A North Carolina official said two oil and gas companies, one of them foreign, are interested in targeting the Triassic basins underlying Lee County and its neighbors for possible shale development as the state has lifted its moratorium on hydraulic fracturing (fracking).

On Tuesday, 120 rules governing oil and gas development, including one lifting the moratorium on fracking, took effect. The rules were created by the state Mining and Energy Commission (MEC), a division of the North Carolina Department of Environment and Natural Resources (DENR), as required by SB 786. The bill, also known as the Energy Modernization Act, was signed into law by Republican Gov. Pat McCrory in June 2014 (see Shale Daily, Dec. 8, 2014; June 5, 2014).

MEC member James Womack told NGI’s Shale Daily that there have already been some early signs of activity by oil and gas companies in the state — specifically, landmen were negotiating leases with landowners, and leases were being pooled into drilling units.

“We’re seeing a little bit of that activity, not a lot,” Womack said Tuesday. “Some of that had already transpired back in 2010 and 2011, so [the oil and gas companies] had already anticipated the need for that kind of activity. In addition, some companies have been checking in with DENR and local chambers of commerce to identify sites at which they could operate.”

Womack said two companies have been “aggressively pursuing and securing sites down here that would allow them to operate in this area, just from a logistical standpoint. They’ve been looking at rail sidings, being able to secure storage sites and being able to physically operate in the area.

“I don’t know of anyone that as of yet has pooled enough land area that would allow them to approach the MEC for a drilling unit. There is some preliminary activity in that area, where there have been some questions and answers lobbed back and forth. But I don’t know of any particular landowners that have been told they’re going to be a part of the first, or an early, drilling unit.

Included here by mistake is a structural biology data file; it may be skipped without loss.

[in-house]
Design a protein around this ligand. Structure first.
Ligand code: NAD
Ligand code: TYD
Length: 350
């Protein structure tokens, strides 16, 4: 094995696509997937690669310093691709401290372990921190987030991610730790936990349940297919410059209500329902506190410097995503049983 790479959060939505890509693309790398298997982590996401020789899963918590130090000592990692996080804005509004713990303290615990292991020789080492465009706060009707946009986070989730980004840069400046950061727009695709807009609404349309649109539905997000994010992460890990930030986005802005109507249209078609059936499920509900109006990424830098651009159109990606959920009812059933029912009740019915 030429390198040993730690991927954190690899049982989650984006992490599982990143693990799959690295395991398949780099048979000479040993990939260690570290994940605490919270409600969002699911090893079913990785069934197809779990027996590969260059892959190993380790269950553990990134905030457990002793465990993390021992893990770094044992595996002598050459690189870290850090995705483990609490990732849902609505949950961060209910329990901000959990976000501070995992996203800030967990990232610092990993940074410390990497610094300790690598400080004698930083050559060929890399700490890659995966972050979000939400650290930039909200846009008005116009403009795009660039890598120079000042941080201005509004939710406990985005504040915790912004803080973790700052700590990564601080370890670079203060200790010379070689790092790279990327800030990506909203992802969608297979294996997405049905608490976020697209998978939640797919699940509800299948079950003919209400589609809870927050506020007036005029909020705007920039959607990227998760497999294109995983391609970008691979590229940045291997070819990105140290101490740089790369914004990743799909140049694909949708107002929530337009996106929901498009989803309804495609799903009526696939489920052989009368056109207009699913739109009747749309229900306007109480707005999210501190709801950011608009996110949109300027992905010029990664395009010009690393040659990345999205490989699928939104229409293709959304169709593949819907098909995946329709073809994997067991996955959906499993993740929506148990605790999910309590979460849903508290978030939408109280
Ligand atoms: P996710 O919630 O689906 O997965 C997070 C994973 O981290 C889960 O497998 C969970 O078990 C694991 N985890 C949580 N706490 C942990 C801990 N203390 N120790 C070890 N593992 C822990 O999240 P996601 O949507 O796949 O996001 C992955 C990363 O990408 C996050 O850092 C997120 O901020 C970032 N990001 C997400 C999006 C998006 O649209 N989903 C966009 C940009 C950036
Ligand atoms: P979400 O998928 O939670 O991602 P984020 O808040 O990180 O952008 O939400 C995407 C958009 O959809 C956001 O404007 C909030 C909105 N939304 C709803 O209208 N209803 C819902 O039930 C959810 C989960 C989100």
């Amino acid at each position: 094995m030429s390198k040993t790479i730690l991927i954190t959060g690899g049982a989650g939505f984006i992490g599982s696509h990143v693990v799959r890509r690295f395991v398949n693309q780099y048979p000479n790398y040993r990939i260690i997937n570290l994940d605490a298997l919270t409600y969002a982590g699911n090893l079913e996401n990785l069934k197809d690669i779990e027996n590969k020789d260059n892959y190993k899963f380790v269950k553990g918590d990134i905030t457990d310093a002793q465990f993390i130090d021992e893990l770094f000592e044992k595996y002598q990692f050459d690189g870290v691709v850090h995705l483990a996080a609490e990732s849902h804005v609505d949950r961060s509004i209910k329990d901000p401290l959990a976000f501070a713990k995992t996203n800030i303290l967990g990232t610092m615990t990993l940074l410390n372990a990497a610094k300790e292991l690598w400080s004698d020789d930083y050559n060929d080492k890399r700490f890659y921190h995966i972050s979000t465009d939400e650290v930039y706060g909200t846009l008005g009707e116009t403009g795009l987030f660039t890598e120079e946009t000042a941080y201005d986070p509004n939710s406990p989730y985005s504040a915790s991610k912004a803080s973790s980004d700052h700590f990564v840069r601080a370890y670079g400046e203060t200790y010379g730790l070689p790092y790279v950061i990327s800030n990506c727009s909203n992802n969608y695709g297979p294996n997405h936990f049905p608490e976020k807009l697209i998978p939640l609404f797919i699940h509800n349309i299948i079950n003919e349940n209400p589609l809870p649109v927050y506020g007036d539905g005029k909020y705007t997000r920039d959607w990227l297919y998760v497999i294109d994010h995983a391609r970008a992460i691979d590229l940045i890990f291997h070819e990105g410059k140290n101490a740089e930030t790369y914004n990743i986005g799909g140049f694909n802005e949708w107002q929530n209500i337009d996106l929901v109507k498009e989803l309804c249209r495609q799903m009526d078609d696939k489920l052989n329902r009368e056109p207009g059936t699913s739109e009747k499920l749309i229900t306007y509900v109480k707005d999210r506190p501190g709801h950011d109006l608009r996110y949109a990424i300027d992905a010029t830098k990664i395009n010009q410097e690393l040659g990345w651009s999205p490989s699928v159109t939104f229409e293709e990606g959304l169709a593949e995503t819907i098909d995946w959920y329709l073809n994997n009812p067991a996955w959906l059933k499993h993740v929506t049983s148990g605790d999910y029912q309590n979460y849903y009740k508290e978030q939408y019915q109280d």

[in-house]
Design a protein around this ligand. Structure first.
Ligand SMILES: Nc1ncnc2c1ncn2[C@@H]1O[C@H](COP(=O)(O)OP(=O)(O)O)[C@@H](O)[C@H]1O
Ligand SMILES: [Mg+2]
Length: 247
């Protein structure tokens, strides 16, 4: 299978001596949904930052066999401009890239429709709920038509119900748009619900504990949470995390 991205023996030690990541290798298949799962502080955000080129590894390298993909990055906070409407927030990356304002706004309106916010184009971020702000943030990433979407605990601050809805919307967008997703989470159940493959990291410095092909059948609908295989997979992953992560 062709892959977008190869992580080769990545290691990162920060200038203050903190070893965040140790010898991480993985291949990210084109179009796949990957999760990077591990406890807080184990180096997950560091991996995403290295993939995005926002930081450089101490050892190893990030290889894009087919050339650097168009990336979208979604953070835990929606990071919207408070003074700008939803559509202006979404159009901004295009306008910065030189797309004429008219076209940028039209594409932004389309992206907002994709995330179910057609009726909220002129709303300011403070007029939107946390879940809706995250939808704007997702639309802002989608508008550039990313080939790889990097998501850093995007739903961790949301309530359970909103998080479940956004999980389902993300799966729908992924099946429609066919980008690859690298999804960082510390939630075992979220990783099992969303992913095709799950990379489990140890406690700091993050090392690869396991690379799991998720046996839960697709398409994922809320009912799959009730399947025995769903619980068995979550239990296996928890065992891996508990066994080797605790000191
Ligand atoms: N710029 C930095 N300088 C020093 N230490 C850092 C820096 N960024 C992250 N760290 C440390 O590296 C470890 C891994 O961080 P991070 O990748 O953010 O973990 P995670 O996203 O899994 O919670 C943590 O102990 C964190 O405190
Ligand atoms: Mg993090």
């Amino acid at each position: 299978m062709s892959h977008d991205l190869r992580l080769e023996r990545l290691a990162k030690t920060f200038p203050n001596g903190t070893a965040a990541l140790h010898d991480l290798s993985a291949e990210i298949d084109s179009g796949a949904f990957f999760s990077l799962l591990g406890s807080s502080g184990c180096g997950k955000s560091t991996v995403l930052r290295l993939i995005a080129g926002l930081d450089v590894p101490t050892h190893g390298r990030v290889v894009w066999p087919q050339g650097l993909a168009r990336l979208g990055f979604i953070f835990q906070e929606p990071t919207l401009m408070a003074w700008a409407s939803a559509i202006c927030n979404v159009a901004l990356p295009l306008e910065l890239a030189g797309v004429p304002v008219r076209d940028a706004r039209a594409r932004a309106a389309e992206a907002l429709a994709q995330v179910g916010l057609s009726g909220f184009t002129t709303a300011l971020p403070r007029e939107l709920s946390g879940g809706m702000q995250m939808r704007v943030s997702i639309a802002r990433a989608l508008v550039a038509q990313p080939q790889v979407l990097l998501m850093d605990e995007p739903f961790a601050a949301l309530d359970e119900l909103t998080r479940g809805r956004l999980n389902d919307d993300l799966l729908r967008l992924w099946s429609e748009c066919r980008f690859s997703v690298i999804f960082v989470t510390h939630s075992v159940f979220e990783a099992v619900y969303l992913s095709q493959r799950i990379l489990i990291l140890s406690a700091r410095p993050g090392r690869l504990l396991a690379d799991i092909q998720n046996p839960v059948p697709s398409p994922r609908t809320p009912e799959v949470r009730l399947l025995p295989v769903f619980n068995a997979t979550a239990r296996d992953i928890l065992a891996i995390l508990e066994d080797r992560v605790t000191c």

“I sense just from where we are that we’re still perhaps a couple months away from the first drilling unit being formed and the MEC being petitioned for that drilling unit.”

Womack said it was unlikely that an oil and gas company would go through the trouble of applying for a drilling unit just to drill an exploratory well. He added that the MEC would probably process a drilling unit request within 60 days.

“My guess is that if that if they come to the MEC for a drilling unit, they’re going to want the whole enchilada,” Womack said. “They’re going to probably start with an exploratory well, but they’re going to ask for a drilling unit for the express purpose of hydraulic fracturing and horizontal drilling.”

According to Womack, two companies have expressed interest in Lee County, which is in the central part of the state. He declined to identify the companies by name but said one is a group based in North Carolina and the other is a foreign company. He said the former was looking at just Lee County, but the latter was looking at the entire Triassic region — and was not constrained by the current economics from low prices for oil and gas.

“If it was purely an economic driver for [the foreign company], there would be no interest in coming to the Triassic basins and the Sanford sub-basin,” Womack said. “There are plenty of other proven reserves around the country where they would be doing their development. They’re looking at this area because it is of scientific and geological significance to them.”

Womack said low oil and gas prices could also benefit the North Carolina-based company. “It’s kind of counterintuitive,” he said. “There are idle rigs and crews around the country, and the low oil and gas prices have freed up some resources in a few places. That might spring a rig to come to Lee County that otherwise would have been fully engaged in the Marcellus Shale or perhaps down in the Southwest in the Barnett or the Eagle Ford Shale.

“It actually might work to our benefit that oil and gas prices are low.”

North Carolina is home to the Deep River Basin, which the North Carolina Geological Survey said is a 150-mile half-graben that traverses most of the central part of the state in a southwest-to-northeast direction. The basin is divided into three sub-basins — from north to south, the Durham, Sanford and Wadesboro sub-basins — each of which include about 7,000 feet of Triassic strata.

In 2012, the U.S. Geological Survey (USGS) estimated that there was a 95% chance the Deep River Basin held 779 Bcf of natural gas and 35 million bbl of natural gas liquids (NGL), both of which were classified as undiscovered resources (see Shale Daily, June 21, 2012). USGS added that there was a 50% chance the basin held 1.53 Tcf of gas and 75 million bbl of NGLs, and a 5% chance for 2.99 Tcf of gas and 158 million bbl of NGLs. The mean averages of the USGS estimates are 1.66 Tcf of gas and 83 million bbl of NGLs.